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State v. Cassidy

Court of Appeals of Ohio, Third District, Allen

October 30, 2017

STATE OF OHIO, PLAINTIFF-APPELLEE,
v.
ROBERT K. CASSIDY, DEFENDANT-APPELLANT.

         Appeal from Allen County Common Pleas Court Trial Court No. CR 2016 0193.

          Michael J. Short for Appellant

          Jana E. Emerick for Appellee

          OPINION

          PRESTON, P.J.

         {¶1} Defendant-appellant, Robert K. Cassidy ("Cassidy"), appeals the January 25, 2017 judgment entry of sentence of the Allen County Court of Common Pleas. For the reasons that follow, we affirm.

         {¶2} This case stems from an incident that took place in Lima, Ohio on April 6, 2016. Ryan Plaugher ("Plaugher") arrived at a carry-out grocery store to purchase baby formula in accordance with an agreement reached via the social networking site Facebook. After approaching a vehicle in the store's parking lot and determining that its occupants had the items he agreed to purchase, Plaugher gave Cassidy, the vehicle's driver, $30.00. Cassidy then produced a firearm and pointed it at Plaugher. Plaugher backed away from the vehicle before Cassidy quickly fled the scene in his vehicle.

         {¶3} On June 16, 2016, the Allen County Grand Jury indicted Cassidy on Count One of aggravated robbery in violation of R.C. 2911.01(A)(1), (C), a felony of the first degree and Count Two of having weapons while under disability in violation of R.C. 2923.13(A)(2), (B), a felony of the third degree. (Doc. No. 3). Count One included a firearm specification under R.C. 2941.145(A) alleging that Cassidy had a firearm on or about his person or under his control while committing aggravated robbery and displayed, brandished, or indicated that he possessed the firearm or used it to facilitate the offense. (Id.). Count One also included a repeat violent offender ("RVO") specification under R.C. 2941.149(A) alleging that Cassidy was convicted of or pled guilty to aggravated robbery in May of 2007. (Id.). Count Two included the same firearm specification that Count One includes. (Id.).

         {¶4} Cassidy appeared for arraignment on June 27, 2016, and pled not guilty to the counts and specifications in the indictment. (Doc. No. 13).

         {¶5} A jury trial took place from November 28 to December 1, 2016. (Doc. Nos. 130, 131, 132). The jury found Cassidy guilty of Counts One and Two as well as the firearm specification included in Counts One and Two. (Nov. 28, 2016 Tr. at 714-716). The trial court held a hearing on sentencing and on the RVO specification on January 19, 2017 at which it found Cassidy guilty as to the RVO specification included in Count One. (Jan. 19, 2017 Tr. at 47). The trial court sentenced Cassidy to eleven years in prison as to Count One and one year in prison as to Count Two. (Id. at 78-79). The trial court further sentenced Cassidy to two years in prison as to the RVO specification and three years in prison as to each of the two firearm specifications. (Id.). The trial court ordered that all sentences be served consecutively for a total of 20 years of incarceration. (Id.). The trial court filed its judgment entry of sentence on January 25, 2017. (Doc. No. 110).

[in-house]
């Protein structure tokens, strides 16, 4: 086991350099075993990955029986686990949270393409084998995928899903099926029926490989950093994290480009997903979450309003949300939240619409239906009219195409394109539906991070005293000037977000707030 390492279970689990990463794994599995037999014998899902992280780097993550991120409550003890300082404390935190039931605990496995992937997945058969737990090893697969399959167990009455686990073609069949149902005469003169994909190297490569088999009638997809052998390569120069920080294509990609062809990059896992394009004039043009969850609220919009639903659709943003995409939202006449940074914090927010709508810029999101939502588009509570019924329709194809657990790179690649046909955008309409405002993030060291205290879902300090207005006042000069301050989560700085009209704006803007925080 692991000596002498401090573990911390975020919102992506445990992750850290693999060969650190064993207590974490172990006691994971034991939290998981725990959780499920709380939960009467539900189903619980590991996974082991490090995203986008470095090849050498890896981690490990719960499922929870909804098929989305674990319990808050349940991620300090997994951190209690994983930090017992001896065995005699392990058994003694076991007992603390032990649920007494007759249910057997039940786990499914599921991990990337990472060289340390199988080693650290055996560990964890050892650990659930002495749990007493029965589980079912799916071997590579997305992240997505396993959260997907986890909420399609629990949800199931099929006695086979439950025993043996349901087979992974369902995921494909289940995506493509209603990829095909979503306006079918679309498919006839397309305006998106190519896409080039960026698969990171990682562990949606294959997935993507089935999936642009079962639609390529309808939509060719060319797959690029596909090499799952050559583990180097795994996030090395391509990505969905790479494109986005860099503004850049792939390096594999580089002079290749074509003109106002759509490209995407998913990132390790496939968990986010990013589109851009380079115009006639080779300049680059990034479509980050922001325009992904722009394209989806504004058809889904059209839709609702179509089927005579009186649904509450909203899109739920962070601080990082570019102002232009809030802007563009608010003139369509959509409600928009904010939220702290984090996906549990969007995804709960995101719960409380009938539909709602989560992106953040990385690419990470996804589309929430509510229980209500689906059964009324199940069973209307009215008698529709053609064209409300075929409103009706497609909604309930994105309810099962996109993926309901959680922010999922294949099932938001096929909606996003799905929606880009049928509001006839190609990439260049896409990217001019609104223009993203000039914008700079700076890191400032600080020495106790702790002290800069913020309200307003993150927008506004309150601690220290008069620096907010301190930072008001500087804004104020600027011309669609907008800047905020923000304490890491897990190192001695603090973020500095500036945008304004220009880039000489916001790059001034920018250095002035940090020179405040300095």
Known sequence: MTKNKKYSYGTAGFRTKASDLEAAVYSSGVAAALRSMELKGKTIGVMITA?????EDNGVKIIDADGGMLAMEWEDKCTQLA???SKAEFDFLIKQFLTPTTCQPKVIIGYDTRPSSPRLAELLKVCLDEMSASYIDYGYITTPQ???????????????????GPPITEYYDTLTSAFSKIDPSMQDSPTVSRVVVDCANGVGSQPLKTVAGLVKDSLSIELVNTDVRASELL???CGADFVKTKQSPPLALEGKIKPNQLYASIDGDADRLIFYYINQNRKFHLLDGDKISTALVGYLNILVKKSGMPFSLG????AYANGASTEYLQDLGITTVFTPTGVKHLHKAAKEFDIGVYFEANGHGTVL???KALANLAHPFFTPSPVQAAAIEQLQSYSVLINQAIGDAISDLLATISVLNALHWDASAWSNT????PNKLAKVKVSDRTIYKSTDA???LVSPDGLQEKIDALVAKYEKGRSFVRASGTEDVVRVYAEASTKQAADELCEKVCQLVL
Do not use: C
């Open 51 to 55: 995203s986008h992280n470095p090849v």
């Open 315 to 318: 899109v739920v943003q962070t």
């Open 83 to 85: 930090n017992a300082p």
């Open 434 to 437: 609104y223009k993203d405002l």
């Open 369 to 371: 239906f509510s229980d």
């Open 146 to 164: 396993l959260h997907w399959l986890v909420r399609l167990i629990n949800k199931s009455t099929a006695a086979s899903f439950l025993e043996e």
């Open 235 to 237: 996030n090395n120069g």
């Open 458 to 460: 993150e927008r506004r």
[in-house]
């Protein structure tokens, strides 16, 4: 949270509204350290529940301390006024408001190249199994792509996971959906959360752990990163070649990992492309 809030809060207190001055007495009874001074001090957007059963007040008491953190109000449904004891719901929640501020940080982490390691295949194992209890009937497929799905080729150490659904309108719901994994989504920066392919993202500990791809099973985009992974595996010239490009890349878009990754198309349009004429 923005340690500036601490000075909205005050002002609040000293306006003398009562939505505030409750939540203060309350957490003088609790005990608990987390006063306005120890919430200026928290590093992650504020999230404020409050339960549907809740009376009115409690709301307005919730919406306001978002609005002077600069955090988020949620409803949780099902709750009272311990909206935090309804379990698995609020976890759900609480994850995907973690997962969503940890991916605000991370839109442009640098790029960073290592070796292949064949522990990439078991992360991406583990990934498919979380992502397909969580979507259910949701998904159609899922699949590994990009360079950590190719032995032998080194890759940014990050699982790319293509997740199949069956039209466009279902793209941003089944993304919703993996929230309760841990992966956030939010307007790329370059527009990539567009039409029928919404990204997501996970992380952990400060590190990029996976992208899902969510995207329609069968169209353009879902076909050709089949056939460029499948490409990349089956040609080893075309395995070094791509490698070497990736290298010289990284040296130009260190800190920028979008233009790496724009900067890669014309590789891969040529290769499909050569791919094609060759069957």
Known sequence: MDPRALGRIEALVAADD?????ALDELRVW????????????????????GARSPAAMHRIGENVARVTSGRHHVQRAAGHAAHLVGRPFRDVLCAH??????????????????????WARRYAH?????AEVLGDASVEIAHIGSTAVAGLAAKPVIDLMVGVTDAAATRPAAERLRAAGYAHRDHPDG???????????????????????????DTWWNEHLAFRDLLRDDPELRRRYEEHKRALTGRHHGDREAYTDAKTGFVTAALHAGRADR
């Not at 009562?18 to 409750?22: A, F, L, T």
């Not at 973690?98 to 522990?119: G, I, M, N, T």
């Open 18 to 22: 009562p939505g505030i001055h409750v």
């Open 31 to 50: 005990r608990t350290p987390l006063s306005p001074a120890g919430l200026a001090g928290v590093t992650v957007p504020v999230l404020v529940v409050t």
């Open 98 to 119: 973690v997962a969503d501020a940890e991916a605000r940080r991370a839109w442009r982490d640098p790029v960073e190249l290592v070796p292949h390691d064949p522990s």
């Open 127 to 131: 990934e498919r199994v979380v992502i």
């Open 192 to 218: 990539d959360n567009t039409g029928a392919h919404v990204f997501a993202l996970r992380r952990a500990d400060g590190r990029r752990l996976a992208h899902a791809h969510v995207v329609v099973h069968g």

{¶6} Cassidy filed his notice of appeal on January 26, 2017. (Doc. No. 114). He brings three assignments of error for our review.

         Assignment of Error No. I

The Convictions Are Not Supported By The Weight Of The Evidence.

         {¶7} In his first assignment of error, Cassidy argues that his convictions for aggravated robbery and for having a weapon while under disability are against the manifest weight of the evidence. Specifically, Cassidy argues that the trier of fact lost its way in convicting him of those offenses because there is inconsistent testimony as to whether Cassidy possessed a firearm during the incident. Cassidy further argues that his conviction is against the manifest weight of the evidence because there is no physical evidence linking him to the firearm.

         {¶8} In determining whether a conviction is against the manifest weight of the evidence, a reviewing court must examine the entire record, "'weigh[ ] the evidence and all reasonable inferences, consider[ ] the credibility of witnesses and determine[ ] whether in resolving conflicts in the evidence, the [trier of fact] clearly lost its way and created such a manifest miscarriage of justice that the conviction must be reversed and a new trial ordered.'" State v. Thompkins, 78 Ohio St.3d 380, 387 (1997), quoting State v. Martin, 20 Ohio App.3d 172, 175 (1st Dist.1983). A reviewing court must, however, allow the trier of fact appropriate discretion on matters relating to the weight of the evidence and the credibility of the witnesses. State v. DeHass, 10 Ohio St.2d 230, 231 (1967). When applying the manifest-weight standard, "[o]nly in exceptional cases, where the evidence 'weighs heavily against the ...


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